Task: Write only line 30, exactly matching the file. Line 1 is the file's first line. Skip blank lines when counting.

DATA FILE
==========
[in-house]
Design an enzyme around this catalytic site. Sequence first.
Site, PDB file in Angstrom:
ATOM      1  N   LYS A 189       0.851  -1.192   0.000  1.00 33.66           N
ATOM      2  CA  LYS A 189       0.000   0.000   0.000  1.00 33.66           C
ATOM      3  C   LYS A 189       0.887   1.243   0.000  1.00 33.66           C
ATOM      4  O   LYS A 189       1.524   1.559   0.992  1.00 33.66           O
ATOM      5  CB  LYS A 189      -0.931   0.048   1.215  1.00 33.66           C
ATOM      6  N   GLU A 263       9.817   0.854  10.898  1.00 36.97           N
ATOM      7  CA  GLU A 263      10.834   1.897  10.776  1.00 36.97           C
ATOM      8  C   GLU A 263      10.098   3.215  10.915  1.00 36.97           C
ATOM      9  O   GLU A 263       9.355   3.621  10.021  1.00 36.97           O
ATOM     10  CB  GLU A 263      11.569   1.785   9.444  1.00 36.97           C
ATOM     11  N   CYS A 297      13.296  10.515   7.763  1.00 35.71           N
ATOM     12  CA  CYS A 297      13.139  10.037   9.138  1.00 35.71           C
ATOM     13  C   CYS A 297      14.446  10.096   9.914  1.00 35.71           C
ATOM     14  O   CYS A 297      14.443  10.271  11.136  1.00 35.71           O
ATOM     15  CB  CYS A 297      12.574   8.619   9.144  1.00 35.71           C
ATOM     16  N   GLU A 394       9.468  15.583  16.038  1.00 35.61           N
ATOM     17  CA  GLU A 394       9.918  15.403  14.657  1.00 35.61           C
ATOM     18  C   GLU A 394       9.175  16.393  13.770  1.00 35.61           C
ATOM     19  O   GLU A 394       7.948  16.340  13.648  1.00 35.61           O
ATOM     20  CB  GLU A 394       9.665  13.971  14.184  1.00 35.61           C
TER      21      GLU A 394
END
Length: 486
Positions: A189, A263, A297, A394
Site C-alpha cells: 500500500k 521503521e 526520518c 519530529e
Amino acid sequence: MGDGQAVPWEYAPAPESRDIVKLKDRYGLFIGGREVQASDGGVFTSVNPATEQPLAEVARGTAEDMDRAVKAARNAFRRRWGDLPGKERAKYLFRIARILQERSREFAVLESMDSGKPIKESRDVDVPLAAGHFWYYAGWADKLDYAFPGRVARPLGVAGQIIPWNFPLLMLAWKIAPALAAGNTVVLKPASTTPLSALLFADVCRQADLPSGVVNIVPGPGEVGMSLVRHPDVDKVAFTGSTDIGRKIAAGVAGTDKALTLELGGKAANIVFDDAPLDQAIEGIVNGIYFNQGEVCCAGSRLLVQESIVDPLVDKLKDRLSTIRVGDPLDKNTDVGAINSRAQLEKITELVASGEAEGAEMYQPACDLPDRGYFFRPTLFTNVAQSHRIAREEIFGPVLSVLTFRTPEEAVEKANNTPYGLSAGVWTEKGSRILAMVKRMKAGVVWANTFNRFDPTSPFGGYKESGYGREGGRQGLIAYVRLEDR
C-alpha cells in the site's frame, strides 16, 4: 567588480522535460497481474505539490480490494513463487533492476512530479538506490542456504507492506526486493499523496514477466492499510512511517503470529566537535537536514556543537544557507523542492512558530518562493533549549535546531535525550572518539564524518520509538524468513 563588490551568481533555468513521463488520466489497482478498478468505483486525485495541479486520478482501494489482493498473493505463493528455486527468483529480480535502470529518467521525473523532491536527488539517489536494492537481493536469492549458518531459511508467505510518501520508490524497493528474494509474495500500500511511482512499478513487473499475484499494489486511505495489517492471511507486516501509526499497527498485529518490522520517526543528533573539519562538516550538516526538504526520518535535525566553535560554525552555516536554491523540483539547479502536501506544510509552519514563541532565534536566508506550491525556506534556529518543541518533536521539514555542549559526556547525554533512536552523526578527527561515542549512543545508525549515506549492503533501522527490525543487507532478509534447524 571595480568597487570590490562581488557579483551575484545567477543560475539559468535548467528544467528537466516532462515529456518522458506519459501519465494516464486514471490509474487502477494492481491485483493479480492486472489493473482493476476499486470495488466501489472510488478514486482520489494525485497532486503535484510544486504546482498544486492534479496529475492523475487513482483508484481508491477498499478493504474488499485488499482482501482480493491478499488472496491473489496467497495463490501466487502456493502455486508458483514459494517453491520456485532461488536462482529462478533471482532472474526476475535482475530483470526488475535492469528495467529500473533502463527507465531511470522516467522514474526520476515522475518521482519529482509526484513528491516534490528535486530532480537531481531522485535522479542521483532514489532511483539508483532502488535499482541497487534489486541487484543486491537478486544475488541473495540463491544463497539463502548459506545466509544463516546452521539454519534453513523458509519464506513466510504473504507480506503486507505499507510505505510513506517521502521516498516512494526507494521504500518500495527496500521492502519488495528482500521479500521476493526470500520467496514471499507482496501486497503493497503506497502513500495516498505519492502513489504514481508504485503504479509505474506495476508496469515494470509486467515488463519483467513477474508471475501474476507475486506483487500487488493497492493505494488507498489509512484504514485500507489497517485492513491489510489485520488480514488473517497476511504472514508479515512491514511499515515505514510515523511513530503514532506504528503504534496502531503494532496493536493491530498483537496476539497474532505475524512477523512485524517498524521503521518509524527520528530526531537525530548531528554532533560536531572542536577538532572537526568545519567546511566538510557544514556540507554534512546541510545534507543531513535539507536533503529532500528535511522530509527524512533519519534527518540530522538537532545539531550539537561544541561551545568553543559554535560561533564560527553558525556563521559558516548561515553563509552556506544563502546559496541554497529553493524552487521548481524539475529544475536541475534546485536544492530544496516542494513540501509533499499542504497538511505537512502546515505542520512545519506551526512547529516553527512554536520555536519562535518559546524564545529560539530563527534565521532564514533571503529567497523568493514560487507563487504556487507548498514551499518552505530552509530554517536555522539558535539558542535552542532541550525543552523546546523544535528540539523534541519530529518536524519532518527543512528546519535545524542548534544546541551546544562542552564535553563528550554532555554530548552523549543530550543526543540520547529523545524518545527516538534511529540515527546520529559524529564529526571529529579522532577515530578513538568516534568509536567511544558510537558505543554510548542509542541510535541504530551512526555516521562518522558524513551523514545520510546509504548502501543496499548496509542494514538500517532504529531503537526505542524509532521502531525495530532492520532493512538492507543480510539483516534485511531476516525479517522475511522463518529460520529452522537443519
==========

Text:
C-alpha cells in the site's frame, strides 16, 4: 567588480522535460497481474505539490480490494513463487533492476512530479538506490542456504507492506526486493499523496514477466492499510512511517503470529566537535537536514556543537544557507523542492512558530518562493533549549535546531535525550572518539564524518520509538524468513 563588490551568481533555468513521463488520466489497482478498478468505483486525485495541479486520478482501494489482493498473493505463493528455486527468483529480480535502470529518467521525473523532491536527488539517489536494492537481493536469492549458518531459511508467505510518501520508490524497493528474494509474495500500500511511482512499478513487473499475484499494489486511505495489517492471511507486516501509526499497527498485529518490522520517526543528533573539519562538516550538516526538504526520518535535525566553535560554525552555516536554491523540483539547479502536501506544510509552519514563541532565534536566508506550491525556506534556529518543541518533536521539514555542549559526556547525554533512536552523526578527527561515542549512543545508525549515506549492503533501522527490525543487507532478509534447524 571595480568597487570590490562581488557579483551575484545567477543560475539559468535548467528544467528537466516532462515529456518522458506519459501519465494516464486514471490509474487502477494492481491485483493479480492486472489493473482493476476499486470495488466501489472510488478514486482520489494525485497532486503535484510544486504546482498544486492534479496529475492523475487513482483508484481508491477498499478493504474488499485488499482482501482480493491478499488472496491473489496467497495463490501466487502456493502455486508458483514459494517453491520456485532461488536462482529462478533471482532472474526476475535482475530483470526488475535492469528495467529500473533502463527507465531511470522516467522514474526520476515522475518521482519529482509526484513528491516534490528535486530532480537531481531522485535522479542521483532514489532511483539508483532502488535499482541497487534489486541487484543486491537478486544475488541473495540463491544463497539463502548459506545466509544463516546452521539454519534453513523458509519464506513466510504473504507480506503486507505499507510505505510513506517521502521516498516512494526507494521504500518500495527496500521492502519488495528482500521479500521476493526470500520467496514471499507482496501486497503493497503506497502513500495516498505519492502513489504514481508504485503504479509505474506495476508496469515494470509486467515488463519483467513477474508471475501474476507475486506483487500487488493497492493505494488507498489509512484504514485500507489497517485492513491489510489485520488480514488473517497476511504472514508479515512491514511499515515505514510515523511513530503514532506504528503504534496502531503494532496493536493491530498483537496476539497474532505475524512477523512485524517498524521503521518509524527520528530526531537525530548531528554532533560536531572542536577538532572537526568545519567546511566538510557544514556540507554534512546541510545534507543531513535539507536533503529532500528535511522530509527524512533519519534527518540530522538537532545539531550539537561544541561551545568553543559554535560561533564560527553558525556563521559558516548561515553563509552556506544563502546559496541554497529553493524552487521548481524539475529544475536541475534546485536544492530544496516542494513540501509533499499542504497538511505537512502546515505542520512545519506551526512547529516553527512554536520555536519562535518559546524564545529560539530563527534565521532564514533571503529567497523568493514560487507563487504556487507548498514551499518552505530552509530554517536555522539558535539558542535552542532541550525543552523546546523544535528540539523534541519530529518536524519532518527543512528546519535545524542548534544546541551546544562542552564535553563528550554532555554530548552523549543530550543526543540520547529523545524518545527516538534511529540515527546520529559524529564529526571529529579522532577515530578513538568516534568509536567511544558510537558505543554510548542509542541510535541504530551512526555516521562518522558524513551523514545520510546509504548502501543496499548496509542494514538500517532504529531503537526505542524509532521502531525495530532492520532493512538492507543480510539483516534485511531476516525479517522475511522463518529460520529452522537443519